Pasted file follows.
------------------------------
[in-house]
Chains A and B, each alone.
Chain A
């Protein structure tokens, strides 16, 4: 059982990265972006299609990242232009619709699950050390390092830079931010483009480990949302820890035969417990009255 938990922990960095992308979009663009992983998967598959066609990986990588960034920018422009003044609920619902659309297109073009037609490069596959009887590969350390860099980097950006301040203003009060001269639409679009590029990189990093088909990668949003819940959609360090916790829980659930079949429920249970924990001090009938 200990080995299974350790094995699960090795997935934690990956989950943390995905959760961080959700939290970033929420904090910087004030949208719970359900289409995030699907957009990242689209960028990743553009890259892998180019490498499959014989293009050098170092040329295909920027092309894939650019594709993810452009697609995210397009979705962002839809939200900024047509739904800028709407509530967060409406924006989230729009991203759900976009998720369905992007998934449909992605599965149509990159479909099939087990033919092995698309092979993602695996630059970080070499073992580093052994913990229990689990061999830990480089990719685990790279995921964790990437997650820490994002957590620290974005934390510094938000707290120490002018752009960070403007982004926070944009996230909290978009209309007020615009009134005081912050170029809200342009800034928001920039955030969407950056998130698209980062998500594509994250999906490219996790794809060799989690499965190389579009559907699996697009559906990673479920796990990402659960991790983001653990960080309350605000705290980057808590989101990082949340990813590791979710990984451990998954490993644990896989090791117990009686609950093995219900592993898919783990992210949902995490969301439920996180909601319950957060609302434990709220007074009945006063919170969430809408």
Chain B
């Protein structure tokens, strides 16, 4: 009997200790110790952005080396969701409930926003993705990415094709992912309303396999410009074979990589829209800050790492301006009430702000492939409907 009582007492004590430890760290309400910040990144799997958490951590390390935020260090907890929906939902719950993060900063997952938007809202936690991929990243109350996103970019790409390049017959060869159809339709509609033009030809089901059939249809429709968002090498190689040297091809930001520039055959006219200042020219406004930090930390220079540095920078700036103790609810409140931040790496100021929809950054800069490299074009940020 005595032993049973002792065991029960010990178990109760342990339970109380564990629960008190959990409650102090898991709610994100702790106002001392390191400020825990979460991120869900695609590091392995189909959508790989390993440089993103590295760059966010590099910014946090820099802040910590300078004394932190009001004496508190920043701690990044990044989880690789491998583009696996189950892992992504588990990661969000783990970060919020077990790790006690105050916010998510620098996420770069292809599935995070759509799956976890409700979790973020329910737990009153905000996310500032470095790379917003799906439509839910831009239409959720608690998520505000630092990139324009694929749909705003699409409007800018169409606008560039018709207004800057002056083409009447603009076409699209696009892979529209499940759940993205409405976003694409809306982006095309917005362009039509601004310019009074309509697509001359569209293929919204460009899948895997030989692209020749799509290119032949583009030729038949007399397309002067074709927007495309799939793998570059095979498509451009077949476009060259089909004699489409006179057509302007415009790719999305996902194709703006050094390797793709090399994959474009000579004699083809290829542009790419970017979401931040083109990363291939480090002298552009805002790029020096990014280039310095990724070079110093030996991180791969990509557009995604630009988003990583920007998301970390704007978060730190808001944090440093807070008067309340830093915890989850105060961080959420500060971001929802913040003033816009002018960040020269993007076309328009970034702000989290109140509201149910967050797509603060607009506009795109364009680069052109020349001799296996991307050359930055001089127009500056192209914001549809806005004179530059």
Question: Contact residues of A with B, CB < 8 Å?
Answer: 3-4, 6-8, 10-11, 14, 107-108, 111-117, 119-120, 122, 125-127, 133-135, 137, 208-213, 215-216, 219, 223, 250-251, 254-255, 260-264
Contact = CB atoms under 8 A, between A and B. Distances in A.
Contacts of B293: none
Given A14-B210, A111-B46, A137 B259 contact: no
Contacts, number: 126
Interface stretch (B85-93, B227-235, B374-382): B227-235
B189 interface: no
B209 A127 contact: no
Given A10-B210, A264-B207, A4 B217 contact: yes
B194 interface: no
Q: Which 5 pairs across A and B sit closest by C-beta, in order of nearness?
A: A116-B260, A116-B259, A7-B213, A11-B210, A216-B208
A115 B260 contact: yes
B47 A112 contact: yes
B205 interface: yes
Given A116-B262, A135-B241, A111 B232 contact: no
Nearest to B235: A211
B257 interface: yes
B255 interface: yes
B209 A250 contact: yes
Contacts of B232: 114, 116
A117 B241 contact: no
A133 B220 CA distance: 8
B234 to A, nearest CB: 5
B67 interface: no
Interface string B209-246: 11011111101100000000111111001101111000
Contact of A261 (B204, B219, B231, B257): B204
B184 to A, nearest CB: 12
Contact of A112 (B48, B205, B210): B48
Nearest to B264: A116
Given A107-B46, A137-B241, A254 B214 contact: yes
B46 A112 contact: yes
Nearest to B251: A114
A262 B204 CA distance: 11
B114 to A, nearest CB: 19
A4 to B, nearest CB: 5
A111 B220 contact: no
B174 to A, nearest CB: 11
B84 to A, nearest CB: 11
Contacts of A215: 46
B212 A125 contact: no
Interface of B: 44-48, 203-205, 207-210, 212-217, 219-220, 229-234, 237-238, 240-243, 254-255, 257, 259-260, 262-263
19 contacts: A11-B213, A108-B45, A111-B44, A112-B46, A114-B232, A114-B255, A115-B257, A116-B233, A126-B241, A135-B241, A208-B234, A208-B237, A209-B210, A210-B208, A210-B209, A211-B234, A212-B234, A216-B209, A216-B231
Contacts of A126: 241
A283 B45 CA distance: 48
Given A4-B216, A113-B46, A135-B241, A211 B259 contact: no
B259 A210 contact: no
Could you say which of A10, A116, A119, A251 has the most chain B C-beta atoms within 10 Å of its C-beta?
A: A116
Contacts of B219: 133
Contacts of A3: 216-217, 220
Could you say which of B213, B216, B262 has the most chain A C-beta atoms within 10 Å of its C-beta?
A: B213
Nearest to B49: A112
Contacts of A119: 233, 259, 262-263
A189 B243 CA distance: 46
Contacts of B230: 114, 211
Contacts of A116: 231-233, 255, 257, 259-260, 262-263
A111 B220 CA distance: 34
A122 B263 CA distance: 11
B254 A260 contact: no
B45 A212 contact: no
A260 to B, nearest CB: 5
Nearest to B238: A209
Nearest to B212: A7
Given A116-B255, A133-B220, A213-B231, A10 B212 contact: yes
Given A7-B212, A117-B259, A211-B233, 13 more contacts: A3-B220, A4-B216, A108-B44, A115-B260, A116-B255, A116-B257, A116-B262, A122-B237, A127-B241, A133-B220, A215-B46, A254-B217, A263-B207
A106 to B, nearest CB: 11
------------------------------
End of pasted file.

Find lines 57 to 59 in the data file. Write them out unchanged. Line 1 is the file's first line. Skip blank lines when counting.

Contacts of B219: 133
Contacts of A3: 216-217, 220
Could you say which of B213, B216, B262 has the most chain A C-beta atoms within 10 Å of its C-beta?